Monthly Archives: December 2017
Here’s an interview on Civil War Talk Radio between historian D. H. Dilbeck and historian/host Gerald Prokopowicz regarding Dr. Dilbeck’s book, A More Civil War: How the Union Waged a Just War. It’s a decent interview, but unfortunately Dr. Prokopowicz spent so much time on ancillary comments he didn’t have enough time to more fully explore […]
This book by Forrest McDonald traces the history of the ideology of states’ rights from the Founding of the United States through Reconstruction. He starts by telling us, “Of all the problems that beset the United States of America during the century from the Declaration of Independence to the end of Reconstruction, the most pervasive […]
This is H. W. Crocker appearing on the old C-SPAN show, “Booknotes” talking about his book, Robert E. Lee on Leadership. The history he portrays is horrible. He has a huge amount of historical errors in this discussion. I considered not using this, but it does give me an opportunity to talk about the various “X […]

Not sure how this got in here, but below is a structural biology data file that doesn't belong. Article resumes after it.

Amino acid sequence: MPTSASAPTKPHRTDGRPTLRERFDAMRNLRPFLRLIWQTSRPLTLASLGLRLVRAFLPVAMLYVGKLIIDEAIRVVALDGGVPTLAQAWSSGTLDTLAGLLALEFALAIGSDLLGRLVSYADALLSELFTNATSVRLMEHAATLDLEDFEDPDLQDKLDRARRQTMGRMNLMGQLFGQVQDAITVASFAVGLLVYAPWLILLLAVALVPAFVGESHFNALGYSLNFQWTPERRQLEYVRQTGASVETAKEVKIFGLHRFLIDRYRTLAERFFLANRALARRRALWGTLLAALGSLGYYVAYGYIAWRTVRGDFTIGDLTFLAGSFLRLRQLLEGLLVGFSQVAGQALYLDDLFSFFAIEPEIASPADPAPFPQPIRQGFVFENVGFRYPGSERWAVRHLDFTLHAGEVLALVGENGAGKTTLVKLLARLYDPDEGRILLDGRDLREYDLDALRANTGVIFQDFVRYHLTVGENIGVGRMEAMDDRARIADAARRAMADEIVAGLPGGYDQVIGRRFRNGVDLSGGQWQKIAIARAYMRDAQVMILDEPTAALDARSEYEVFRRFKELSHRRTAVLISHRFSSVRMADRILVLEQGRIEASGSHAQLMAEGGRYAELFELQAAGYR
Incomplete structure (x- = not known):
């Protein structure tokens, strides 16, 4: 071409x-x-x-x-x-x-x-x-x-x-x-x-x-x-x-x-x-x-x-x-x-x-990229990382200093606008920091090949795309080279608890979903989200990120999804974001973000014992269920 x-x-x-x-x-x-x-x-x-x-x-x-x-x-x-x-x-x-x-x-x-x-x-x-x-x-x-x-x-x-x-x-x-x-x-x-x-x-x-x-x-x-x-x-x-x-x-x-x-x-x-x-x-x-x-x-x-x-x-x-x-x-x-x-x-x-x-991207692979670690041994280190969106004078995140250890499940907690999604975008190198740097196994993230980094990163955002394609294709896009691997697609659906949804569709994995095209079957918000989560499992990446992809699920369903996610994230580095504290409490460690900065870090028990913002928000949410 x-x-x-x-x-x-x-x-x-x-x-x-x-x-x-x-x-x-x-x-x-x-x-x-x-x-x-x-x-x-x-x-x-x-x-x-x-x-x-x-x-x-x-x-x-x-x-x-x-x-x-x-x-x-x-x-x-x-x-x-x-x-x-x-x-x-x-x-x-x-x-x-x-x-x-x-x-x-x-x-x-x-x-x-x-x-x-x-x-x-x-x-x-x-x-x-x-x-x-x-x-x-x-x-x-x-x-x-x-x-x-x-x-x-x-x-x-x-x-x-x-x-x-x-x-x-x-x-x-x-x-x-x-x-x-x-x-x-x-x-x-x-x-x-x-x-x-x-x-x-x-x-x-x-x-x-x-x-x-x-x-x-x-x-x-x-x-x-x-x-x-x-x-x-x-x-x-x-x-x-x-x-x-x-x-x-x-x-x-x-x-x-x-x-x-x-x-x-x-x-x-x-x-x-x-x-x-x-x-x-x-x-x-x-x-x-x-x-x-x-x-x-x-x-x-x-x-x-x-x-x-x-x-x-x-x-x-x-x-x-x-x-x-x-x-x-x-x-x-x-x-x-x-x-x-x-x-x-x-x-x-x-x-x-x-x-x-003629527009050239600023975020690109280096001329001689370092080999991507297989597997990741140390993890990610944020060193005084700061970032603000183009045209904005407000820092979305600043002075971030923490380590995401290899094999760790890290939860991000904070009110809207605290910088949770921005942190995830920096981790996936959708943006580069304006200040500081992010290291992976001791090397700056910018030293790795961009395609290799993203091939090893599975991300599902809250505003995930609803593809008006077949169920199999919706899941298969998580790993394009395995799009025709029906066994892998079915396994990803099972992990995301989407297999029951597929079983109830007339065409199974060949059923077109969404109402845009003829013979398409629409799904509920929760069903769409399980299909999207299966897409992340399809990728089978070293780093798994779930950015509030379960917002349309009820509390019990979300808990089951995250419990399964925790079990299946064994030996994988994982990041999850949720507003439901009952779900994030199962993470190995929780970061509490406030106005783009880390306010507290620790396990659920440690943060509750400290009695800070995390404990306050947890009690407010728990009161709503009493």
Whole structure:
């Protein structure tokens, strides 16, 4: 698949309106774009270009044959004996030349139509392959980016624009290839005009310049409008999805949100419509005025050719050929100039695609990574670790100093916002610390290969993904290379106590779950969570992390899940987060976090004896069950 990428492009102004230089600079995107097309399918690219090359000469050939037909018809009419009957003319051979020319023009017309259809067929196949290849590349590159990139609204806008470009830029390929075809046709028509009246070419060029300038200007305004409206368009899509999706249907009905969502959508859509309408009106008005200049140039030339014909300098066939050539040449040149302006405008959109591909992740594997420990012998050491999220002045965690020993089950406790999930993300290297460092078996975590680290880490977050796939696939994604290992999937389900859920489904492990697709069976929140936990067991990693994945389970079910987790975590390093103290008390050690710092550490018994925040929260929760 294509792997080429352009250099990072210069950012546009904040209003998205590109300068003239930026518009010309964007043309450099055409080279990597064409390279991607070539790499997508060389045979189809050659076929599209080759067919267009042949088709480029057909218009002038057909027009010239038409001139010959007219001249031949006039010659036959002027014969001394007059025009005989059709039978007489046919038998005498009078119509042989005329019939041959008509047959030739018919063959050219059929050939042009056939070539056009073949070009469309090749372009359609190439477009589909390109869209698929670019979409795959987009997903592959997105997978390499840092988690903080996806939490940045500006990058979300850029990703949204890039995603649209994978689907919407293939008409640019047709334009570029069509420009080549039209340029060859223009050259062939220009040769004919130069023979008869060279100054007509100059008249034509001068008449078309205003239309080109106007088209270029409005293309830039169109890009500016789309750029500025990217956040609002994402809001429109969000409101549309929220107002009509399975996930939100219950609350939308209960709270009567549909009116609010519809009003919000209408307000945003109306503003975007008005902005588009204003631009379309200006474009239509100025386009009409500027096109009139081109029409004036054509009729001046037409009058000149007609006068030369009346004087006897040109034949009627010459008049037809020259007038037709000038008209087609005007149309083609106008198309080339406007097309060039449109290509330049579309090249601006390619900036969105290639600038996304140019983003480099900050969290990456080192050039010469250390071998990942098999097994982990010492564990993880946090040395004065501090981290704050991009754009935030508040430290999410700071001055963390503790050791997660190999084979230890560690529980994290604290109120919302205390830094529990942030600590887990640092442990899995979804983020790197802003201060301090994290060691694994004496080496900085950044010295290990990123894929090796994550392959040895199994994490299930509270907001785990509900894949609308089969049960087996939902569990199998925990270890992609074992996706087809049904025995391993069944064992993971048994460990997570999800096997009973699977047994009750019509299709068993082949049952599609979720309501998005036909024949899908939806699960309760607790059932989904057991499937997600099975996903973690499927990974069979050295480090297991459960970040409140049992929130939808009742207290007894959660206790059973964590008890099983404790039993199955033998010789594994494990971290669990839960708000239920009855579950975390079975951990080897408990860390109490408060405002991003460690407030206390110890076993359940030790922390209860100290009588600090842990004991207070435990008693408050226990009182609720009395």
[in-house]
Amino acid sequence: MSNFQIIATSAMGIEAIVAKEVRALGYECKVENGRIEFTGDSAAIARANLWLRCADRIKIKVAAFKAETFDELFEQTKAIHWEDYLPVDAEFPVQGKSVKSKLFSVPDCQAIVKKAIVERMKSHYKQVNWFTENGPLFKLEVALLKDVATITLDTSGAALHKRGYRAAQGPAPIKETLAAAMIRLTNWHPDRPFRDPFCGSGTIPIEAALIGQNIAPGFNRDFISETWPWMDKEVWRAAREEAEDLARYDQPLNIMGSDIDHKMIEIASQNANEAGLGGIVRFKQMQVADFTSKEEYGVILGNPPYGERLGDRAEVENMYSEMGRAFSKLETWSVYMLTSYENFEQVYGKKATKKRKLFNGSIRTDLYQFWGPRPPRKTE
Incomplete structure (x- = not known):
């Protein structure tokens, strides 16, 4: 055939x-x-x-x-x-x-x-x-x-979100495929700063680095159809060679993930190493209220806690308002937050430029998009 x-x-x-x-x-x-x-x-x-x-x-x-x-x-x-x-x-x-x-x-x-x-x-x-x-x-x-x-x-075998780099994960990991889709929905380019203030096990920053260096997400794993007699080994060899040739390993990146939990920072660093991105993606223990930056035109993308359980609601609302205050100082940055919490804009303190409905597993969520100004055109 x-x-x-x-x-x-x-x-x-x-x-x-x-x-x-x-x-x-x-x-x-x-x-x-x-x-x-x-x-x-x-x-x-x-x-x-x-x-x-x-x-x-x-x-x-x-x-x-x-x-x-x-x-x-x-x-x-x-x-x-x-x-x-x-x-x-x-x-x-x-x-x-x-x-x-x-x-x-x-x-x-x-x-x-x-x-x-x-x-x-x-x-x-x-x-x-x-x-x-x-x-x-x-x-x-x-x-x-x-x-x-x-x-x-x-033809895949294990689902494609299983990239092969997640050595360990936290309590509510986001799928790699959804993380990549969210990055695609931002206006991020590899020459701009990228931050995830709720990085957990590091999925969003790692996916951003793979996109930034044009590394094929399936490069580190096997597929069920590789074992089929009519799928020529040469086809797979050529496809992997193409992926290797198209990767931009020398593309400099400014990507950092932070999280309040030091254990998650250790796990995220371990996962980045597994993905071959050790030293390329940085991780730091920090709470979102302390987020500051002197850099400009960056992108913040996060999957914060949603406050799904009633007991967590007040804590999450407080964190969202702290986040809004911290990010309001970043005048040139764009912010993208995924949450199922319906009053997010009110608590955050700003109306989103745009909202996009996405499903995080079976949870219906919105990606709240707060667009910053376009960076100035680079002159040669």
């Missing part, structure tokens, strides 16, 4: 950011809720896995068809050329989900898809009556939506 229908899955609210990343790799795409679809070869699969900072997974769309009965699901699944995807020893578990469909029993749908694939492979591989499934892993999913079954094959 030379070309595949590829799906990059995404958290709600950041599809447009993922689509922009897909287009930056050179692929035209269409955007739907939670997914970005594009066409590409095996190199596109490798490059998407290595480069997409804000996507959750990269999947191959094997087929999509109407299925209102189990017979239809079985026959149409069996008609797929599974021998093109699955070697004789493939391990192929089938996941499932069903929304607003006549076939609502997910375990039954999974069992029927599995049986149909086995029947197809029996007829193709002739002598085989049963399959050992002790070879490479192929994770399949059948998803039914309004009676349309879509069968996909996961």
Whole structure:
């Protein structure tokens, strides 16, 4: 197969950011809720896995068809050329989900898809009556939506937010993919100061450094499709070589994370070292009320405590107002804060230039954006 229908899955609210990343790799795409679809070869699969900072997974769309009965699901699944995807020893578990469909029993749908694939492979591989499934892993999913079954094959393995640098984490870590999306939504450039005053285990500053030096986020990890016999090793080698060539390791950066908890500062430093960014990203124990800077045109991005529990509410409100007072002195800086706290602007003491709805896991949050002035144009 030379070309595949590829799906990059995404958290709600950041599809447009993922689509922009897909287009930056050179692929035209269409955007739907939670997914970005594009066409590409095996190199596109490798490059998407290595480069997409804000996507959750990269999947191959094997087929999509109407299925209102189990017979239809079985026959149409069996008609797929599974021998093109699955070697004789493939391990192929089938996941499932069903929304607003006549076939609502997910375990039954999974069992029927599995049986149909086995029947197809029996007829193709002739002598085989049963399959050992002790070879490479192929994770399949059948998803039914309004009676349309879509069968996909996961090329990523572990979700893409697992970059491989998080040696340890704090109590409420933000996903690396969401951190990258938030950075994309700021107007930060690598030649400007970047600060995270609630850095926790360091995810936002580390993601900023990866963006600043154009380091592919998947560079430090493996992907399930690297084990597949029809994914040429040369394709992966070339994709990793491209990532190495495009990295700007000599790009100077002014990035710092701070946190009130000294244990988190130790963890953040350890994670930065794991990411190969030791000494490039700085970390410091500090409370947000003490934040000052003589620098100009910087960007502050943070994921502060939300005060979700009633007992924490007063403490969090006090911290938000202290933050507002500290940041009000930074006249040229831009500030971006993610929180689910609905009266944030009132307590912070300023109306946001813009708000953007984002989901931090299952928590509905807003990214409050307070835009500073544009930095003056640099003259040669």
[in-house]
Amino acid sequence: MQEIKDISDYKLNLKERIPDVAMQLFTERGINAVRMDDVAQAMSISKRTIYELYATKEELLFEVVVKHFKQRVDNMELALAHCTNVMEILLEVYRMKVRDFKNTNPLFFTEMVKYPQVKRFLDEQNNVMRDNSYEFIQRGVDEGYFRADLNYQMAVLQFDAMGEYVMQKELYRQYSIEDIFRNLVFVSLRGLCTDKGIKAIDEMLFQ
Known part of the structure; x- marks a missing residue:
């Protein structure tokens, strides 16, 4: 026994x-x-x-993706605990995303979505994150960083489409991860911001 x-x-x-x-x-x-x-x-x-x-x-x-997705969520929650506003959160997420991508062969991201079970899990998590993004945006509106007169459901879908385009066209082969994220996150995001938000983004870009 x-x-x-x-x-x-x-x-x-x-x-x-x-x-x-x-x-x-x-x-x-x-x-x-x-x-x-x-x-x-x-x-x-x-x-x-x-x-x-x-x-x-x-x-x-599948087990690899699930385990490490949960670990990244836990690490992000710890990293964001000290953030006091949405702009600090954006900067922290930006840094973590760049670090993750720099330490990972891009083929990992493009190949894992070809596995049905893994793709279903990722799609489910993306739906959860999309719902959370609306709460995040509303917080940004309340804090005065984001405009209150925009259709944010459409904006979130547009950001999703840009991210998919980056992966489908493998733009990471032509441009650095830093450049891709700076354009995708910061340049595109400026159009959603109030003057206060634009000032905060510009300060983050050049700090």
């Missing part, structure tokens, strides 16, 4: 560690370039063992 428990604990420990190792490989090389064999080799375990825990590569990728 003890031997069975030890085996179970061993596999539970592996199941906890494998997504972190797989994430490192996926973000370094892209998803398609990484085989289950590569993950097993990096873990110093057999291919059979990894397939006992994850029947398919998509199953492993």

The citation for this case is 69 US [2 Wall.] 258. On May 15, 1862, the US Navy ship USS Calhoun captured a schooner named The Venice on Lake Pontchartrain near New Orleans, Louisiana. The schooner had a cargo of cotton owned by David G. Cooke, a British subject who had lived in New Orleans […]
In the reconciliation tradition, we have the story of William and James Terrill of Virginia. William Terrill was a brigadier general in the Union Army and was killed at the Battle of Perryville. His brother, James Terrill, commanded the 13th Virginia of the confederate army and was killed at the Battle of Bethesda Church in […]
I’ve written before about Shelby Foote [see particularly here and here], and I haven’t changed my view. His three-volume narrative history of the war is a work of art, but we shouldn’t depend on it as a source. It’s useful to a beginner as an overview of the war, and it’s a pleasure to read. […]
Merry Christmas to all who celebrate, and Happy Holidays. Thomas Nast gives us “Christmas in the Camp,” with Santa Claus giving presents to Union soldiers.